Aging is a major risk factor for cardiovascular disease. Although the impact of aging has been extensively studied, little is known regarding the aging processes in cells of the heart. Here we analyzed the transcriptomes of hearts of 12-week-old and 18-month-old mice by single-nucleus RNA-sequencing. Among all cell types, aged fibroblasts showed most significant differential gene expression, increased RNA dynamics, and network entropy. Aged fibroblasts exhibited significantly changed expression patterns of inflammatory, extracellular matrix organization angiogenesis, and osteogenic genes. Functional analyses indicated deterioration of paracrine signatures between fibroblasts and endothelial cells in old hearts. Aged heart-derived fibroblasts had impaired endothelial cell angiogenesis and autophagy and augmented proinflammatory response. In particular, expression of Serpine1 and Serpine2 were significantly increased and secreted by old fibroblasts to exert antiangiogenic effects on endothelial cells, an effect that could be significantly prevented by using neutralizing antibodies. Moreover, we found an enlarged subpopulation of aged fibroblasts expressing osteoblast genes in the epicardial layer associated with increased calcification. Taken together this study provides system-wide insights and identifies molecular changes of aging cardiac fibroblasts, which may contribute to declined heart function.
Ramon Vidal, Julian Uwe Gabriel Wagner, Caroline Braeuning, Cornelius Fischer, Ralph Patrick, Lukas Tombor, Marion Muhly-Reinholz, David John, Magdalena Kliem, Thomas Conrad, Nuno Guimarães-Camboa, Richard Harvey, Stefanie Dimmeler, Sascha Sauer
Previous work has reported the important links between cellular bioenergetics and the development of chronic kidney disease, highlighting the potential for targeting metabolic functions to regulate disease progression. More recently, it has been shown that alterations in fatty acid oxidation (FAO) can have an important impact on the progression of kidney disease. In this work, we demonstrate that loss of miR-33, an important regulator of lipid metabolism, can partially prevent the repression of FAO in fibrotic kidneys and reduce lipid accumulation. These changes were associated with a dramatic reduction in the extent of fibrosis induced in 2 mouse models of kidney disease. These effects were not related to changes in circulating leukocytes because bone marrow transplants from miR-33–deficient animals did not have a similar impact on disease progression. Most important, targeted delivery of miR-33 peptide nucleic acid inhibitors to the kidney and other acidic microenvironments was accomplished using pH low insertion peptides as a carrier. This was effective at both increasing the expression of factors involved in FAO and reducing the development of fibrosis. Together, these findings suggest that miR-33 may be an attractive therapeutic target for the treatment of chronic kidney disease.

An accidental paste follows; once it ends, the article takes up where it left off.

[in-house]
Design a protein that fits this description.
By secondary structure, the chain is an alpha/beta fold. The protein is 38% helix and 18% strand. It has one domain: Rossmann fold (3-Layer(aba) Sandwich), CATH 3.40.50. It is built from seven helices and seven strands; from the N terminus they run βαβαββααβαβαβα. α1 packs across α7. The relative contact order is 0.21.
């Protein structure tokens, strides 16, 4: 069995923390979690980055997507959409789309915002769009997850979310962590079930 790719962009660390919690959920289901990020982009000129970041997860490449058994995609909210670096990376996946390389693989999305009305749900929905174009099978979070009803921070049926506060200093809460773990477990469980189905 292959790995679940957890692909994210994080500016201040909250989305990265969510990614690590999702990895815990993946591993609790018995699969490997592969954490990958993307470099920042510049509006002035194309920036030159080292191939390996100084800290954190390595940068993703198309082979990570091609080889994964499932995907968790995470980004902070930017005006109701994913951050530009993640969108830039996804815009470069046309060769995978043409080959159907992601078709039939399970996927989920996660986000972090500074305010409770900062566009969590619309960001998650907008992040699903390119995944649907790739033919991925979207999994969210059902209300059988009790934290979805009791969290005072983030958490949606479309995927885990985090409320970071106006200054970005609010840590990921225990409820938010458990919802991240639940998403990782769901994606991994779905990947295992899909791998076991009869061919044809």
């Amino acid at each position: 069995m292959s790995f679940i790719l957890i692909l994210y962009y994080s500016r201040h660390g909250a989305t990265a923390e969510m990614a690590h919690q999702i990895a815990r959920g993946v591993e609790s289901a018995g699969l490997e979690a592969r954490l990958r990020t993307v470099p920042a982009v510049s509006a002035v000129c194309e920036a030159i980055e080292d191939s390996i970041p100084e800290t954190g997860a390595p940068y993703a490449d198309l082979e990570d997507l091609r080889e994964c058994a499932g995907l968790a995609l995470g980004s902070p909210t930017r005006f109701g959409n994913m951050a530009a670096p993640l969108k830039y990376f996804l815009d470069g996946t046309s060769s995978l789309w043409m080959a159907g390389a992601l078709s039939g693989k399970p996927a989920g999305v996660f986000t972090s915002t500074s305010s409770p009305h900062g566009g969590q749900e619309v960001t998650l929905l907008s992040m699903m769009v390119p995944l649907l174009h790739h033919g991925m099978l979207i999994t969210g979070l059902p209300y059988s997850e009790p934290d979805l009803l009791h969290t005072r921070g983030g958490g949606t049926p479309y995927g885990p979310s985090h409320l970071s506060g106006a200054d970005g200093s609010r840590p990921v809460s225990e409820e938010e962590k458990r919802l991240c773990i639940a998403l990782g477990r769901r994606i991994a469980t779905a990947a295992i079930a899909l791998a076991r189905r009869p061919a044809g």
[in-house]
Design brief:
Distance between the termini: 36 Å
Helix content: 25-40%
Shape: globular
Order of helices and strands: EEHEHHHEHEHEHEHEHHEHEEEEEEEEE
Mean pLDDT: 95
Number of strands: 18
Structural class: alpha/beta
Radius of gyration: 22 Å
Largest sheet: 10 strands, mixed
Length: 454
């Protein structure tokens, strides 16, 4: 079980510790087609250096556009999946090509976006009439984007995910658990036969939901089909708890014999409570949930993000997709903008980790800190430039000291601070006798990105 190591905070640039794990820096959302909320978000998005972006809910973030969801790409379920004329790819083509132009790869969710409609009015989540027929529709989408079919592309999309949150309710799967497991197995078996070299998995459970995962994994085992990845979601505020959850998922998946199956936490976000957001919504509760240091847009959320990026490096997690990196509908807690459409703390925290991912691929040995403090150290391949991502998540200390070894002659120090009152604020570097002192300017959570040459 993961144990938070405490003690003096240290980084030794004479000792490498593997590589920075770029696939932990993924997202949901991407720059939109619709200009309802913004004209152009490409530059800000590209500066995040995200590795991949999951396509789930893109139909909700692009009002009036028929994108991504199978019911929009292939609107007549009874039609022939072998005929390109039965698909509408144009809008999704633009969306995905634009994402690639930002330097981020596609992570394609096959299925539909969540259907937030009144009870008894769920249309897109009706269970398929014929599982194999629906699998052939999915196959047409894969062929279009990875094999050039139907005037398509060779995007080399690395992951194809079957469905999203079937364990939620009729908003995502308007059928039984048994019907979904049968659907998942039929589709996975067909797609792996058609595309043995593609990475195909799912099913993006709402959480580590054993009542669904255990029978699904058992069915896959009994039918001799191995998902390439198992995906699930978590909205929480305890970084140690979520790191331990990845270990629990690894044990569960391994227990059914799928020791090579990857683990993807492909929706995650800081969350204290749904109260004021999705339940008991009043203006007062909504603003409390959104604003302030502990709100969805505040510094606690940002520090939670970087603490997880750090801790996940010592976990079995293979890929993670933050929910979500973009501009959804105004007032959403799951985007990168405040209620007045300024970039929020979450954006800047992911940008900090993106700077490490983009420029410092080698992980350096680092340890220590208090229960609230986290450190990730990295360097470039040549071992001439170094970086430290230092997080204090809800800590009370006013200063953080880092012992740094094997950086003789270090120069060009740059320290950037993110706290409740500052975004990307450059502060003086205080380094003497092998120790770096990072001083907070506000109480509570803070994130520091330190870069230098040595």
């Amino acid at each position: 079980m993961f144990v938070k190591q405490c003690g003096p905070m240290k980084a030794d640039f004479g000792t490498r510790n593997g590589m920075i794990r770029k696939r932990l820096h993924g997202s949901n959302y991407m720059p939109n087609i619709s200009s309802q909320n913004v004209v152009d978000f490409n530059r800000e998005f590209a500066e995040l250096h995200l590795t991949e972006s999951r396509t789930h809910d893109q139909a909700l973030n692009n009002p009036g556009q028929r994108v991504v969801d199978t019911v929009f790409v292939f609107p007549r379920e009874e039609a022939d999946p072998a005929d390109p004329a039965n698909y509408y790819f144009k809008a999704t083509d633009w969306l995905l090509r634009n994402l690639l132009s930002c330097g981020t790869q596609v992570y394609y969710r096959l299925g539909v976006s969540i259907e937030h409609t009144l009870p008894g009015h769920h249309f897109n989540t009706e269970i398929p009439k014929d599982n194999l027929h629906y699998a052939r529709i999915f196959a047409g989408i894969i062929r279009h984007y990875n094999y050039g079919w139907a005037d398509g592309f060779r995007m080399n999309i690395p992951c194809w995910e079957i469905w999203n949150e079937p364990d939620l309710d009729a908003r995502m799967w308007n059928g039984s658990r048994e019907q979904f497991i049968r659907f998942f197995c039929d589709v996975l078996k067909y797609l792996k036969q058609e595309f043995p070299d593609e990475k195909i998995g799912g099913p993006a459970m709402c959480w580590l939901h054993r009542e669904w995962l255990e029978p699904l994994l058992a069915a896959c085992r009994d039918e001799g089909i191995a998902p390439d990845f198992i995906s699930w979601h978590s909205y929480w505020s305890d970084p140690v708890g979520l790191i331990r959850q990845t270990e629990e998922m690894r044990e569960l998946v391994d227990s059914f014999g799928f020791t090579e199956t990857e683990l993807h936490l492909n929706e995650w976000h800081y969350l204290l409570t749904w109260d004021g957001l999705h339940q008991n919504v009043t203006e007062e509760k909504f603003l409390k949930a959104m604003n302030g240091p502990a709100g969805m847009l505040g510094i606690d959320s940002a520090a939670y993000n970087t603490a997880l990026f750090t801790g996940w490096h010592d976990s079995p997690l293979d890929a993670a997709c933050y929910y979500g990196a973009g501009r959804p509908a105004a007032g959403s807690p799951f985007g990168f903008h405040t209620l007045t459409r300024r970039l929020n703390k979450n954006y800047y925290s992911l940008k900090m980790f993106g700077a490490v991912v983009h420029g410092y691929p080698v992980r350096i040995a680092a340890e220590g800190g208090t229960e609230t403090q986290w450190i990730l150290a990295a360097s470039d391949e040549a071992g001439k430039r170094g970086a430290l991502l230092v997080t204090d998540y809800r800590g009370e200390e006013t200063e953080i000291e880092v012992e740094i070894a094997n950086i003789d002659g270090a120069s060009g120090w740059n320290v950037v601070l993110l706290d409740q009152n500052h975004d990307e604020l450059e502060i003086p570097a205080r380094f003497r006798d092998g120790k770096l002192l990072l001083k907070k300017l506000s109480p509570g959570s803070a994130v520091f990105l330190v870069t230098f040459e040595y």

Nathan L. Price, Verónica Miguel, Wen Ding, Abhishek K. Singh, Shipra Malik, Noemi Rotllan, Anna Moshnikova, Jakub Toczek, Caroline Zeiss, Mehran M. Sadeghi, Noemi Arias, Ángel Baldán, Oleg A. Andreev, Diego Rodríguez-Puyol, Raman Bahal, Yana K. Reshetnyak, Yajaira Suárez, Carlos Fernández-Hernando, Santiago Lamas
BACKGROUND IL-33, found in high levels in participants with allergic disorders, is thought to mediate allergic reactions. Etokimab, an anti–IL-33 biologic, has previously demonstrated a good safety profile and favorable pharmacodynamic properties in many clinical studies.METHODS In this 6-week placebo-controlled phase 2a study, we evaluated the safety and the ability of a single dose of etokimab to desensitize peanut-allergic adults. Participants received either etokimab (n = 15) or blinded placebo (n = 5). Clinical tests included oral food challenges and skin prick tests at days 15 and 45. Blood samples were collected for IgE levels and measurement of ex vivo peanut-stimulated T cell cytokine production.RESULTS Efficacy measurements for active vs. placebo participants at the day 15 and 45 food challenge (tolerating a cumulative 275 mg of peanut protein, which was the food challenge outcome defined in this paper) demonstrated, respectively, 73% vs. 0% (P = 0.008) to 57% vs. 0% (ns). The etokimab group had fewer adverse events compared with placebo. IL-4, IL-5, IL-9, IL-13, and ST2 levels in CD4+ T cells were reduced in the active vs. placebo arm upon peanut-induced T cell activation (P = 0.036 for IL-13 and IL-9 at day 15), and peanut-specific IgE was reduced in active vs. placebo (P = 0.014 at day 15).CONCLUSION The phase 2a results suggest etokimab is safe and well tolerated and that a single dose of etokimab could have the potential to desensitize peanut-allergic participants and possibly reduce atopy-related adverse events.TRIAL REGISTRATION ClinicalTrials.gov NCT02920021.FUNDING This work was supported by NIH grant R01AI140134, AnaptysBio, the Hartman Vaccine Fund, and the Sean N. Parker Center for Allergy and Asthma Research at Stanford University.
Sharon Chinthrajah, Shu Cao, Cherie Liu, Shu-Chen Lyu, Sayantani B. Sindher, Andrew Long, Vanitha Sampath, Daniel Petroni, Marco Londei, Kari C. Nadeau